The Manischewitz Company announces the six (6) finalists chosen to compete in the Third Annual Simply Manischewitz Cook-Off on February 13th at the New York Marriott Marquis. The six finalists were selected from among thousands of entries nationwide to compete LIVE for the chance to win the $25,000 grand prize package including GE Profile Kitchen appliances, cash and more. Mayor Bloomberg has proclaimed Feb. 13 as “Simply Manischewitz Cook-Off Day” in New York City.

Out of the thousands of entries received, the top recipes were selected, tested and chosen by an expert panel of judges which included Sarah Lasry, cookbook author and restaurant owner. Ms. Lasry has written The Dairy Gourmet and owns and operates Tastebuds Café in Howell, NJ. The finalists’ recipes were judged on the following criteria: taste, 50%; ease of preparation, 25%; creativity and originality, 25%.

*The six finalists are:

Erin Eugustou from Brooklyn, NY with her recipe Ruby Red Risotto with Pistachio-Basil Pesto, Garlic-Herb Goat Cheese
Myra Smolev from New York, NY with her recipe Sloppy Moses
Shana Schuman from Chicago, IL with her recipe Meaty Manischtroni
Deborah Leebove from Denver, CO with her recipe Mani Meatloaves
Elise Lalor from Issaquah, WA with her recipe Laced Lamb with Figs
Amy Siegel from Clifton, NJ with her recipe Marvelous Mediterranean Falafel Sliders

The Grand Prize Winner will be selected on site by a panel of prestigious food experts including Todd Coleman, Food Editor, Saveur magazine; Emily Kaiser, Food Associate Editor, Food & Wine magazine; Michael Park,; Armando Monterroso, Executive Chef, Marriott Marquis; and Joy Devor of Rockaway, NY the winner of the 2008 Simply Manischewitz Cook-off.

Cooking with Kosher products and making ethnic creations based on Jewish Heritage is fast becoming one of today’s hottest food trends. According the foremost authority on Kosher Foods, Rabbi Yaakov Horowitz, “The Kosher consumer base is getting younger and stronger and now crosses all ethnic backgrounds.” Finalists selected for the Simply Manischewitz Cook-off include both Kosher and non-Kosher consumers.

“We are extremely excited to announce the six finalists in the Third Annual Simply Manischewitz Cook-Off,” said David Rossi, Vice President of Marketing for the Manischewitz Company. “With the wide range of Manischewitz products and our rich 120 year history, the Manischewitz brands are quickly becoming more of a staple among both mainstream and Kosher consumers. We are finding that many people choose Manischewitz products because of their superior quality, convenience, diversity and taste.”

All ingredients in the competition must be certified kosher and the competition will be overseen by Rabbi Yaakov Horowitz. Rabbi Horowitz represents the OU as Rabbi in charge of Rabbinic supervision for all Manischewitz Company brands.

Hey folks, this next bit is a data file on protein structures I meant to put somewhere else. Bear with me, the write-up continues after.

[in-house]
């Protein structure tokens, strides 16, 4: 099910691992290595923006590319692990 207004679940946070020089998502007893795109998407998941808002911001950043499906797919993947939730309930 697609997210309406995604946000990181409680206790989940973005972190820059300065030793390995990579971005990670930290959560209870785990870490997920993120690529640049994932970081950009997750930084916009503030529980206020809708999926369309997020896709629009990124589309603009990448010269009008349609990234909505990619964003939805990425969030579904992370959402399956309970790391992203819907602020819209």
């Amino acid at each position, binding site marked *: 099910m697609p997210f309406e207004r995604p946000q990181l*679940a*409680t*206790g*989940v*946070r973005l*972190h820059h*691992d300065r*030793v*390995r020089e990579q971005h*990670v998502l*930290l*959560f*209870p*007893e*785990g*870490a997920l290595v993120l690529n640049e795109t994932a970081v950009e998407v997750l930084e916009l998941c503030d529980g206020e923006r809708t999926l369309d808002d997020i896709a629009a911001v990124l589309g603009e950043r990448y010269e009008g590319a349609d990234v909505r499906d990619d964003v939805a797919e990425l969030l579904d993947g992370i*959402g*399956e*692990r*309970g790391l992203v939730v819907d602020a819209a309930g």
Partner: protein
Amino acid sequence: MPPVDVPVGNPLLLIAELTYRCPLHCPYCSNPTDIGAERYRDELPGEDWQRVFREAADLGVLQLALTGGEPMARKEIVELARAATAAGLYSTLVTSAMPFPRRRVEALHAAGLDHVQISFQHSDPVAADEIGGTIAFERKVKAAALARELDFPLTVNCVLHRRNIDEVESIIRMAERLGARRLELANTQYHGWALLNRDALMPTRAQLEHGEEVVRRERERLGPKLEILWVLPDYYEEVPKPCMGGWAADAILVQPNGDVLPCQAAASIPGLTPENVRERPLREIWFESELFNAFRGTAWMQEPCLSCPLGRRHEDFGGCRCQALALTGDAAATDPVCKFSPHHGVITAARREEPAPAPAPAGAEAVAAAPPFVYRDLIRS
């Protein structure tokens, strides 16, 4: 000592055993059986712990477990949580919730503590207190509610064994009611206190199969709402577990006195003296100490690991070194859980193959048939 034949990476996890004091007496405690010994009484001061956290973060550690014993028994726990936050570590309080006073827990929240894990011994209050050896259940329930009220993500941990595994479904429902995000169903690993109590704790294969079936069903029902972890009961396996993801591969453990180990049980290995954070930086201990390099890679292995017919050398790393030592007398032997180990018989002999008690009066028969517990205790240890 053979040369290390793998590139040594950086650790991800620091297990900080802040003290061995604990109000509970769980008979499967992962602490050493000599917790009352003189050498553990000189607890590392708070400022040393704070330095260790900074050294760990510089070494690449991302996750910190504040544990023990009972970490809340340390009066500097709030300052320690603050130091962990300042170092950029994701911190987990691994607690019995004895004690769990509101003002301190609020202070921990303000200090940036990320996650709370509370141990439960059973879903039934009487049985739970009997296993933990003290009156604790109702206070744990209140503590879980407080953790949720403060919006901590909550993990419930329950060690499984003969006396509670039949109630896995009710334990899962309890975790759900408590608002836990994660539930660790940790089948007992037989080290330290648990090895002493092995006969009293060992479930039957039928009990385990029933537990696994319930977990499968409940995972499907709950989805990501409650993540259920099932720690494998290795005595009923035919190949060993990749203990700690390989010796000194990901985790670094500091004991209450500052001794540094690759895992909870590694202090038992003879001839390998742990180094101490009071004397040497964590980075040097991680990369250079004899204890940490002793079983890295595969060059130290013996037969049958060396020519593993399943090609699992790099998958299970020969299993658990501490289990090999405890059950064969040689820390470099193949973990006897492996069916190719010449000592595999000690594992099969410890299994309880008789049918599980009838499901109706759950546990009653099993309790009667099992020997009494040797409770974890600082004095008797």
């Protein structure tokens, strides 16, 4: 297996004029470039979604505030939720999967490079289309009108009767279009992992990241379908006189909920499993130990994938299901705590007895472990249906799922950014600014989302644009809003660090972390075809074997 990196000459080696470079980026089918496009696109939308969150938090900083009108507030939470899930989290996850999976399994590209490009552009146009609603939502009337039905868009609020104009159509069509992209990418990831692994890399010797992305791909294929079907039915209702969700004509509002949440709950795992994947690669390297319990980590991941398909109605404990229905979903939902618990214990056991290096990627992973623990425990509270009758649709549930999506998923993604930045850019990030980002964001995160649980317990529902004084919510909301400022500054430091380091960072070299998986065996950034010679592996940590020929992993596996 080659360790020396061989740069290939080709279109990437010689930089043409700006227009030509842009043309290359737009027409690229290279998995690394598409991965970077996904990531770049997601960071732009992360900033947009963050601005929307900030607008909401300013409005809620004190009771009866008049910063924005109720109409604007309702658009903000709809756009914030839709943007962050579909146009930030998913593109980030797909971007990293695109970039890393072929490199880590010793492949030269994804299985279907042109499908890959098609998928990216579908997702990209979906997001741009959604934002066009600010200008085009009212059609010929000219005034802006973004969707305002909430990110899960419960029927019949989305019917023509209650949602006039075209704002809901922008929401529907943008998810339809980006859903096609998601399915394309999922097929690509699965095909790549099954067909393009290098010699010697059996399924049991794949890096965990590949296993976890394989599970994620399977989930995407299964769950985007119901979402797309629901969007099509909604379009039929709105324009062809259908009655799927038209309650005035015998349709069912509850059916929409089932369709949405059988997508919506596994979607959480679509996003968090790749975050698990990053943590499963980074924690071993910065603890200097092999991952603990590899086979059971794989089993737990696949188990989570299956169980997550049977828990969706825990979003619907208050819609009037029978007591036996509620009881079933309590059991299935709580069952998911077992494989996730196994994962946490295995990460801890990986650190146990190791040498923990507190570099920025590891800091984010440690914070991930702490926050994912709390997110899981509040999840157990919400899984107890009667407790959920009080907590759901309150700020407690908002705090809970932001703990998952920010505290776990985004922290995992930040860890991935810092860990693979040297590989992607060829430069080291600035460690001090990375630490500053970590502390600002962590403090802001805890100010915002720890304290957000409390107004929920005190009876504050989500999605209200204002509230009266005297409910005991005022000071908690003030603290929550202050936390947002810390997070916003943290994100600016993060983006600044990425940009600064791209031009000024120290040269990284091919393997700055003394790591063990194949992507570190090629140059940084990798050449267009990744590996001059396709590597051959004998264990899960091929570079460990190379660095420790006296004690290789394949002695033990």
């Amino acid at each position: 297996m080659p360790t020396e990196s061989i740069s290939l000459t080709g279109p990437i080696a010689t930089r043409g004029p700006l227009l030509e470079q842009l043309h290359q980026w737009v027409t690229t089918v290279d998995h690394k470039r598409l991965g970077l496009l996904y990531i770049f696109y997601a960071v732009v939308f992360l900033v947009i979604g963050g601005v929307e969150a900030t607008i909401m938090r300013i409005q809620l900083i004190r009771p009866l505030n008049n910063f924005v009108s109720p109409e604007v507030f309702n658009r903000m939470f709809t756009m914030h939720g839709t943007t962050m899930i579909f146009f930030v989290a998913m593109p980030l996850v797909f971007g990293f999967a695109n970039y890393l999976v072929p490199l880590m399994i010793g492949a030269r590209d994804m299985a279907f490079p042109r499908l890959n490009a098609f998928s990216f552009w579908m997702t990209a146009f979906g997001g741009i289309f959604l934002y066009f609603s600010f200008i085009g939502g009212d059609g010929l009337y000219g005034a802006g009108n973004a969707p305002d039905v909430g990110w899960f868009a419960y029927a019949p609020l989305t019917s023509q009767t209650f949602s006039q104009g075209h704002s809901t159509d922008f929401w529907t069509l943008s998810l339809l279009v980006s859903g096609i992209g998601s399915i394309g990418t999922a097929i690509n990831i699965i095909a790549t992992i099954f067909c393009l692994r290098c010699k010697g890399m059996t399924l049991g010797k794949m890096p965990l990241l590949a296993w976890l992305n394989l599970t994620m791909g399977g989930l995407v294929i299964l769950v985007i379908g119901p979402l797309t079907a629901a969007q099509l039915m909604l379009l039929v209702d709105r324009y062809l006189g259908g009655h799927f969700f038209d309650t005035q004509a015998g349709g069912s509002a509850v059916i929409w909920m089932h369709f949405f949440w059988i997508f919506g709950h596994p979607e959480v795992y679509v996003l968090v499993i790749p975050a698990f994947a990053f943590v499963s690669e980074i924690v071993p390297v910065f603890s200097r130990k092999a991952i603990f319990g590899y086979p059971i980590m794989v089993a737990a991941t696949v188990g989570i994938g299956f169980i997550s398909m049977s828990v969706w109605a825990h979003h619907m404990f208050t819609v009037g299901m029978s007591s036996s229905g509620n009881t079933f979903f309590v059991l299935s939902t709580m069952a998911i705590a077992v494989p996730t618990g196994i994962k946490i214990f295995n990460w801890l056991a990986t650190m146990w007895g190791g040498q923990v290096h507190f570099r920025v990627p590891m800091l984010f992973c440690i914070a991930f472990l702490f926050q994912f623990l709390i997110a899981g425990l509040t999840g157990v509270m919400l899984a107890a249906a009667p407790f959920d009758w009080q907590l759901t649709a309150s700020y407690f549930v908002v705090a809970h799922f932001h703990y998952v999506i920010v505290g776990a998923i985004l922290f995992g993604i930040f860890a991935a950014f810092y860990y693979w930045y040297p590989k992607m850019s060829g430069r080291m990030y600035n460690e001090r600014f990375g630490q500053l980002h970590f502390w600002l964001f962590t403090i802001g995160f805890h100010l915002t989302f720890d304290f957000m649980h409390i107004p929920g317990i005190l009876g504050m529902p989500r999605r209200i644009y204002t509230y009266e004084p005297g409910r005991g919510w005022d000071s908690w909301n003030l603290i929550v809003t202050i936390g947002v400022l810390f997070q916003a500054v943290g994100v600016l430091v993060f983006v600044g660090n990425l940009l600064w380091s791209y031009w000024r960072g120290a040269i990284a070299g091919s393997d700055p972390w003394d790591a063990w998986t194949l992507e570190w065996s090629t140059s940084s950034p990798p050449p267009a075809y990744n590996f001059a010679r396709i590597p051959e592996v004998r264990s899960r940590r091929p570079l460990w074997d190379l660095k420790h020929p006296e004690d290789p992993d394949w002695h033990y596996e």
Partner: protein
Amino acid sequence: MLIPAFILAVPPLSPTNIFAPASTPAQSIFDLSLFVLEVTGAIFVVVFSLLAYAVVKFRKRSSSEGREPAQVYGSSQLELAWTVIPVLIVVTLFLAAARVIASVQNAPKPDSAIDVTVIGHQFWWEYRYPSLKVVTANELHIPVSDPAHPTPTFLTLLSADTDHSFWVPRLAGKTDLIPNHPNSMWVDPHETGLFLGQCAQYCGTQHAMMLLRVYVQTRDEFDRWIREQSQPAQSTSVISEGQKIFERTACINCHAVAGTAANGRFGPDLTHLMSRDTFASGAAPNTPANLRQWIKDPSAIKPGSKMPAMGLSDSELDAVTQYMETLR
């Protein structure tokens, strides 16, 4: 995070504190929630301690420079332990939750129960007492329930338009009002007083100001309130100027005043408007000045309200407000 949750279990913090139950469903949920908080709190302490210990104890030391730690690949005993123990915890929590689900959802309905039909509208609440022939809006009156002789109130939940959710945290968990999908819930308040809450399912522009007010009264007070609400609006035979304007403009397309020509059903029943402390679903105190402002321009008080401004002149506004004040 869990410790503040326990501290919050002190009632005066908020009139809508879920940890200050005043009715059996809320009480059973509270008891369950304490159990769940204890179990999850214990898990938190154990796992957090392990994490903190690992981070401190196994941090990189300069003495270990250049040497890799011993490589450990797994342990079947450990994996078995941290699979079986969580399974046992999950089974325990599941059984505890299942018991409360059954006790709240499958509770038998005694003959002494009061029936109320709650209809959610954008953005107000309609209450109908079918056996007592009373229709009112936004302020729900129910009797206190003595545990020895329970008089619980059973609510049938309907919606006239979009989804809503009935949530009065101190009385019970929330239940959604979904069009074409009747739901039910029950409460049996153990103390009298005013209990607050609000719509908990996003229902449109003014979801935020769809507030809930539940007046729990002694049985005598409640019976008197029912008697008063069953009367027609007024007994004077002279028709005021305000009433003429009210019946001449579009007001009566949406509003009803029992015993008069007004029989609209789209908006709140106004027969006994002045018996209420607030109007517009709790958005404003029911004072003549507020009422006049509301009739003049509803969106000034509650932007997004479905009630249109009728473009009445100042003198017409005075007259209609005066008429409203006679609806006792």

Roux the day... in a jar

So last night I was watching Alton Brown make gumbo on "Good Eats." He went through his way to make a roux. I've never had that much difficulty, but it brought to mind something I saw in Winn-Dixie the other day: roux in a jar.

I've heard of it, but I've never tried it. The purist in me wants to be against it, but....

Need a shot of warmth? Love this.

Our balmy friends to the south have sent some seafood recipes to share with your honey on Valentine's Day. But they'd be pretty good tonight, too:

With Valentine’s Day just around the corner, our thoughts turn to bouquets of red roses, those rich, creamy chocolates in red heart-shaped boxes and romantic dinners. The flowers and candy are easy to decide on but what about that special Valentine’s Day dinner? This year why not plan a romantic dinner around delicious Florida seafood.

Seafood is the perfect choice. It is quick and easy to prepare, flavorful and rich but light enough to allow for a late night of dancing. As an added benefit, seafood is a heart-healthy choice for you and your sweetheart with its high protein and low fat content and Omega-3 benefits. Omega-3 is the fatty-acid that has been linked to lowering the risk of heart attack, breast cancer, prostate cancer and stroke. So enjoy a “guilt free” evening knowing that you are doing something good for your special someone…except for those decadent, rich chocolates, that is.

Keeping with the red color scheme of the day, you can choose a succulent Florida red snapper entree, lobster medallions in a creamy sauce or a wild pink shrimp pasta dish to make the evening memorable.

Pan-seared Florida Snapper with Roasted Red Pepper Chili

4 6-ounce Florida snapper fillets
2 teaspoons cayenne pepper
sea salt, to taste
ground black pepper, to taste